11 ensure that existing laws are observed. Examples of campaigning include, but are not limited to: a children s charity drawing attention to the symptoms of child abuse a health charity promoting the benefits of a balanced diet in reducing heart problems a human rights charity calling on a government to observe certain fundamental human rights a disability charity calling for existing legislation to be adhered to in order to ensure that all children with special educational needs receive the support they are entitled to in order to access learning. Regulated campaign activity under electoral law has a particular meaning and you should refer to guidance produced by the Electoral Commission for more information. 4.3 Under what circumstances can a charity carry out political activity or campaigning? A charity can carry out political activity or campaigning provided: the activity is solely in support of its charitable purposes the activity is not prohibited in its governing document it remains independent and does not align itself with a particular political party it is in the charity s interests and the trustees are acting with due care Advancing the purposes of the charity A charity s activities must be in support of its purposes. This includes political activity and campaigning. A charity must not therefore engage in political activity or campaigning which is not to advance its purposes. For example, a charity established to advance environmental protection can raise awareness of the dangers of greenhouse gases and lobby government to implement measures to address rising levels of pollution. It could not, however, launch a campaign opposing a change in the law on same-sex marriages as this would not be in furtherance of its purposes. Political activity must not be the only way in which a charity advances its purposes. A charity may choose to focus most, or all, of its resources on political activity for a period of time however trustees must ensure that this activity is not, and does not become, the reason for the charity s existence. For any charity, political activity can only be a means of furthering its CCNI EG August 2014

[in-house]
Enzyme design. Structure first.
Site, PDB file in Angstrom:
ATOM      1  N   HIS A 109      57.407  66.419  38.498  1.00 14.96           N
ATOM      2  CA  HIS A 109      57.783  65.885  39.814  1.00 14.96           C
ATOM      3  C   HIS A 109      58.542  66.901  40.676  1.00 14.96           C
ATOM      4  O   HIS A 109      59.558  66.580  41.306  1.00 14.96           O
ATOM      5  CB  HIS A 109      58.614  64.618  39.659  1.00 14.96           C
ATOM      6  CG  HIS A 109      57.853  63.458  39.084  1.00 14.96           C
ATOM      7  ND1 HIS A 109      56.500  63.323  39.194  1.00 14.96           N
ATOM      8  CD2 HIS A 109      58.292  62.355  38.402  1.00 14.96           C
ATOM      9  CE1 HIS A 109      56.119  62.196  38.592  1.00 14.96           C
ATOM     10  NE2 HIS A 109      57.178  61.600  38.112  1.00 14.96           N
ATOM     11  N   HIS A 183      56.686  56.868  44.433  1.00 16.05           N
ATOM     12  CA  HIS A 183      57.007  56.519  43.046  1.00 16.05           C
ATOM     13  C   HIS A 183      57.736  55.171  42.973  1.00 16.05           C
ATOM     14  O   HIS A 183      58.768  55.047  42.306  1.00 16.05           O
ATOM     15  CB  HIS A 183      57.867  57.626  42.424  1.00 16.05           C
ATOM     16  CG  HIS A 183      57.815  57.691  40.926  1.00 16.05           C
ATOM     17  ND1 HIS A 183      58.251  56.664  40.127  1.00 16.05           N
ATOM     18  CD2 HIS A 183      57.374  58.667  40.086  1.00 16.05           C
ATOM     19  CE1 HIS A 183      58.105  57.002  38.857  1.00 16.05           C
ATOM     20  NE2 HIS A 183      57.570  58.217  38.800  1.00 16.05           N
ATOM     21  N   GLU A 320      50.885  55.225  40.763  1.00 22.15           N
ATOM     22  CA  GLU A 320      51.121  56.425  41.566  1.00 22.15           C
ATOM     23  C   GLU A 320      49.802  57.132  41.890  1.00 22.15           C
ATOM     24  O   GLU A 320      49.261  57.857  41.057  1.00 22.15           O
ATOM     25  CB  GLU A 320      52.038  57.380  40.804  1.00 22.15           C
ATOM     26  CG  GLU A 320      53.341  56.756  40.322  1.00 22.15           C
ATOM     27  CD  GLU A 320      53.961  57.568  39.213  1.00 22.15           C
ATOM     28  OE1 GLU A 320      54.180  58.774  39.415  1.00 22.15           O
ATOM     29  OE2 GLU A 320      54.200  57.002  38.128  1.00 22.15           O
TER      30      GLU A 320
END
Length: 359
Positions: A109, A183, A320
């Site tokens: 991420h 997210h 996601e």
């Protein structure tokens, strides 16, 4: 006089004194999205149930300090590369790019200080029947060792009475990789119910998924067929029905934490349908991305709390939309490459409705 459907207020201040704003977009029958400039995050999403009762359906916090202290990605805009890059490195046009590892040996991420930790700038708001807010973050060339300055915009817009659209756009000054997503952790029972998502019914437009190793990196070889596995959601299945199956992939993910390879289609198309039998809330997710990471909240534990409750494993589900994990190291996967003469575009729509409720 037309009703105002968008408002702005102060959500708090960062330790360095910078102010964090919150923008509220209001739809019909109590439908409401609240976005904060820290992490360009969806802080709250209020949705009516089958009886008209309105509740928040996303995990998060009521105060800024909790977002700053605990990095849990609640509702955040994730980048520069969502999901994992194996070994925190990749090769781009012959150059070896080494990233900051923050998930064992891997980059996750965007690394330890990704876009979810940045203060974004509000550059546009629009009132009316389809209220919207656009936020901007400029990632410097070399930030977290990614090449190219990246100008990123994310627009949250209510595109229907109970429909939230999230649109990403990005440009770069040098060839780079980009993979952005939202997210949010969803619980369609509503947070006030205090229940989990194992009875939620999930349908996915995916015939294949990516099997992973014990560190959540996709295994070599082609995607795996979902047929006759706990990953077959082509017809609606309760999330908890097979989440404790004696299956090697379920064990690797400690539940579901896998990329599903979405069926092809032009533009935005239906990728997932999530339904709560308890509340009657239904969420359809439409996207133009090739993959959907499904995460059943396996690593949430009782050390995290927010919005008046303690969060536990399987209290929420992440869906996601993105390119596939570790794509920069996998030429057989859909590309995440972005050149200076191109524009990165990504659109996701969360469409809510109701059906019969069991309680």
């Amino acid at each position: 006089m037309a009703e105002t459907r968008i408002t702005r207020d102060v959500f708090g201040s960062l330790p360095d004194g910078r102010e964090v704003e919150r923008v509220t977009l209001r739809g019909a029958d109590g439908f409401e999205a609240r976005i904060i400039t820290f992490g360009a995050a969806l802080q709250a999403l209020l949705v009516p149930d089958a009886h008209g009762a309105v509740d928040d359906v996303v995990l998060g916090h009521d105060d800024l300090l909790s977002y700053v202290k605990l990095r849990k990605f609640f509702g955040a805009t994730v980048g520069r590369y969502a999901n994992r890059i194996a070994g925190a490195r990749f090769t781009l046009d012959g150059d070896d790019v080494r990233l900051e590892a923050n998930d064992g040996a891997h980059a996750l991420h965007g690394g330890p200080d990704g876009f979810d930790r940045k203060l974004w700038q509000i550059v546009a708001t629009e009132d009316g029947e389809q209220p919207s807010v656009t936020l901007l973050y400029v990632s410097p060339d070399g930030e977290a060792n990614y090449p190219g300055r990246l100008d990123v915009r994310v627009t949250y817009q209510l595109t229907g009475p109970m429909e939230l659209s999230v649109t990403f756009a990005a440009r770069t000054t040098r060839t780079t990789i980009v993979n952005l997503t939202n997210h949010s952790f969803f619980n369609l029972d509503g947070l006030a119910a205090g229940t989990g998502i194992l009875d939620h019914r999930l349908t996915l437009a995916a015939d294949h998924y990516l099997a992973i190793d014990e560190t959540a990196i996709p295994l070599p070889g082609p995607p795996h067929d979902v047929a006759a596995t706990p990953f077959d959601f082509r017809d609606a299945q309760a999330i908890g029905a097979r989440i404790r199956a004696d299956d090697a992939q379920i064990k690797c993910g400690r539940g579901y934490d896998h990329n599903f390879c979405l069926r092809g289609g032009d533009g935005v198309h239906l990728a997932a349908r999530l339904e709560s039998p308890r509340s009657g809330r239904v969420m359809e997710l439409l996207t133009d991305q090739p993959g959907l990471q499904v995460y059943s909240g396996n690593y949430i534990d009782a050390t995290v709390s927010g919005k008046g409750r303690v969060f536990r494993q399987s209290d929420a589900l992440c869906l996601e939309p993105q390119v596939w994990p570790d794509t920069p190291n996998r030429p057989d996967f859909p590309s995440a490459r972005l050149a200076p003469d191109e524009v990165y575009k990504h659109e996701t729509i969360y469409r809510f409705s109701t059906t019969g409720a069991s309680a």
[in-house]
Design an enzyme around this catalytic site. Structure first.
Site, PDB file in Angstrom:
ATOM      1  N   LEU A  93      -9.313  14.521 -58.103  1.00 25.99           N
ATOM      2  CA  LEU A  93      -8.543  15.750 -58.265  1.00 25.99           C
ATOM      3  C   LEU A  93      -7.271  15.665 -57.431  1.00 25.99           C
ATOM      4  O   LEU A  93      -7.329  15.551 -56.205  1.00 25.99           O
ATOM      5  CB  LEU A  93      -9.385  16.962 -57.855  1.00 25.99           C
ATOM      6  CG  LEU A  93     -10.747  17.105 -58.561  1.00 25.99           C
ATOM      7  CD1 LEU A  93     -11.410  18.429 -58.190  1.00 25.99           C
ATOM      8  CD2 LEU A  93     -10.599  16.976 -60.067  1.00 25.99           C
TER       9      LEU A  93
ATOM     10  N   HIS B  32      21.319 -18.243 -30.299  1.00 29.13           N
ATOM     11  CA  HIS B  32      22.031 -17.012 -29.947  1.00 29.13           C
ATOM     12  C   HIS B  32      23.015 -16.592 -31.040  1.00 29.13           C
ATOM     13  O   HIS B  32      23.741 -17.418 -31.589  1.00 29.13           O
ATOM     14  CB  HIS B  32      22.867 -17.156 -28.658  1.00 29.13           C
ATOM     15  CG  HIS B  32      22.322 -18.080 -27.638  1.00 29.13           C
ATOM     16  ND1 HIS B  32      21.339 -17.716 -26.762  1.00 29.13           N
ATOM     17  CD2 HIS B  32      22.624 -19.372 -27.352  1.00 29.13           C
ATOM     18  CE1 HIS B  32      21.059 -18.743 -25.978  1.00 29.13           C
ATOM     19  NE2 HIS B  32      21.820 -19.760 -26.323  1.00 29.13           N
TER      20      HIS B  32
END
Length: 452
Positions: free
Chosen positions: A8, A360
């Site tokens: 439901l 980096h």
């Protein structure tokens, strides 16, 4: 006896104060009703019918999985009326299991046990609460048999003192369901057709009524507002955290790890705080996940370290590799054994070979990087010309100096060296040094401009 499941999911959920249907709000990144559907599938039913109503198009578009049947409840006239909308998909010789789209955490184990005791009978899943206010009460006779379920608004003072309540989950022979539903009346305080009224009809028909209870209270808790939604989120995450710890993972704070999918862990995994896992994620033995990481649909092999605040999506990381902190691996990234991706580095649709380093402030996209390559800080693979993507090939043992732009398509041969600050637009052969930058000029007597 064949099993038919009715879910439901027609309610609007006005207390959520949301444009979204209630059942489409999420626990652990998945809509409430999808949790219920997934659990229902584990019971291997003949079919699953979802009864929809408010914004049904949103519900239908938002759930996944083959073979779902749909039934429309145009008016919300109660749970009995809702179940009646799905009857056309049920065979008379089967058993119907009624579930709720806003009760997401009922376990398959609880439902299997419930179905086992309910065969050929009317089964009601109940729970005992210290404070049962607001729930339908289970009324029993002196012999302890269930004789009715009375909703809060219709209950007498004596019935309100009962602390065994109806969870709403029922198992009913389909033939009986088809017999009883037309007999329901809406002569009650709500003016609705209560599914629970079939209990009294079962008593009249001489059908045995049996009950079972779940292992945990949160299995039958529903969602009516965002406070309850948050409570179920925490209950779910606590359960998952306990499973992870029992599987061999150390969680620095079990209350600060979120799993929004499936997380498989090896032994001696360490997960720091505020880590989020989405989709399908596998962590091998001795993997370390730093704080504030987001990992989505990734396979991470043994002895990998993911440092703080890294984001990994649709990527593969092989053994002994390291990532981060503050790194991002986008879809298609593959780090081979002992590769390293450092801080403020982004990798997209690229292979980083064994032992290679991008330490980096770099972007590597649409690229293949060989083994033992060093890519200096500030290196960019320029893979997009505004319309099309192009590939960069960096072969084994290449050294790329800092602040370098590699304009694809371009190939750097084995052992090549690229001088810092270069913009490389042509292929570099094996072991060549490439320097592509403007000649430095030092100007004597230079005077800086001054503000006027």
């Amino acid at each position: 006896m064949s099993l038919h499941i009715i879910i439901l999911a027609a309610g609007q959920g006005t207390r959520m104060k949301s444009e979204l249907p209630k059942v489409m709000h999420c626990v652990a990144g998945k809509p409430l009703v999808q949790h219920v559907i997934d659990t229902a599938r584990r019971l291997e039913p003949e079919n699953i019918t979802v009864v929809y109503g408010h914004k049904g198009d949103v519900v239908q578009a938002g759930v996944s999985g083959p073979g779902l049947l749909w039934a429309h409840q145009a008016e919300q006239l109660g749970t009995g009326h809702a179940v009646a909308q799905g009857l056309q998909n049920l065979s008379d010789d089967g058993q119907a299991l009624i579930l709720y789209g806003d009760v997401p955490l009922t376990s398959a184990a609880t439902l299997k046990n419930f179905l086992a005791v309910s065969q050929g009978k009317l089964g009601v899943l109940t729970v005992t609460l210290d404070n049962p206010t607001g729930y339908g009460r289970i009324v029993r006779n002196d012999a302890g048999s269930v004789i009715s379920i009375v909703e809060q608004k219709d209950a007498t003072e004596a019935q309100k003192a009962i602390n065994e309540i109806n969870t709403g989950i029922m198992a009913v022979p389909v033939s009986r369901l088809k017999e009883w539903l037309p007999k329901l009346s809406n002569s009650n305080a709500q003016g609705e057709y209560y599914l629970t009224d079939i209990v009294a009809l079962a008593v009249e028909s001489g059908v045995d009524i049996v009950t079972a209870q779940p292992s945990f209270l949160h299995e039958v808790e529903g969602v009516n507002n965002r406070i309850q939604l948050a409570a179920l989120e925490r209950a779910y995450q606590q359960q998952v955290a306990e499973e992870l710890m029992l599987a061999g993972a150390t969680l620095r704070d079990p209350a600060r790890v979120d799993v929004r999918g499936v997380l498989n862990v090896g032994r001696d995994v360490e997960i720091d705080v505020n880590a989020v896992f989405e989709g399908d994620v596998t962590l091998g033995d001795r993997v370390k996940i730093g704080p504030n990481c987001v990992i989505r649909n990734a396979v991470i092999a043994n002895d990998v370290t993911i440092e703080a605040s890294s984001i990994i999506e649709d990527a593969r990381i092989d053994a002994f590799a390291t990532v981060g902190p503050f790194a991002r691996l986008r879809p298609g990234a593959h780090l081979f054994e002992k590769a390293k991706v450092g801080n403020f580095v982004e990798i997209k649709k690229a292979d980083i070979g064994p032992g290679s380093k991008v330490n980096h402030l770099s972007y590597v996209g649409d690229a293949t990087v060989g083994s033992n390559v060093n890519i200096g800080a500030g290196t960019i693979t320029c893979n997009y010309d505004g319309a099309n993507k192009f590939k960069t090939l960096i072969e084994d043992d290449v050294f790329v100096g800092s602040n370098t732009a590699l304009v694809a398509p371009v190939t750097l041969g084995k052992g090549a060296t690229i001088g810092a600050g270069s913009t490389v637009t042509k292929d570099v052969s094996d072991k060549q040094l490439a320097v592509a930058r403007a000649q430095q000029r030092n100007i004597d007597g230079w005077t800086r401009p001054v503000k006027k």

12 purposes. Otherwise, it may be found to have a political purpose and therefore not to be charitable. For example, a charity established to prevent poverty may typically work with individuals at risk of poverty, providing advice and support, as well as raising awareness of key issues and engaging in political activity to gain support for new anti-poverty legislation. In the run up to an election, the charity may choose to focus all of its resources on political activity and campaigning. This must not continue to be the case after the election as political activity cannot be the only means by which a charity advances its purposes Permitted in its governing document A charity must act in accordance with its governing document otherwise it is in breach of trust. There may be some charities which are unable to engage in political activity or campaigning because of restrictions in their governing document. If you identify that political activity or campaigning would be a valuable means of achieving the purposes of your charity, and these are prohibited in the charity s governing document, you may wish to consider amending the governing document. For advice on amending a governing document, refer to the Commission s website Activity and campaigning is neutral of party politics and independent A charity must remain independent and not align itself with a particular political party. It may support or oppose particular policies, including those advocated by a particular party, as a means of achieving its charitable purposes, but must never support or oppose a political party or politician. If a charity endorses a party because it agrees with one policy, it is effectively endorsing the party s wider policies, which are not related to the charity s purposes. Additionally, a party may change its policy over time in such a way that it would not align with the charity s purposes. In supporting a policy that a political party advocates, a charity should make clear its independence to its supporters, the general public, and those whose views it is seeking to influence. Equally, when engaging with politicians, it is important that charities are open about their contact, and consider engaging with politicians from a range of parties. For example, a charity may receive invitations from a range of political parties to explain the needs of its beneficiaries. If the charity were to accept invitations or contact from only one party, and did so consistently over time, this would call into question whether the charity was remaining independent of party politics. CCNI EG August 2014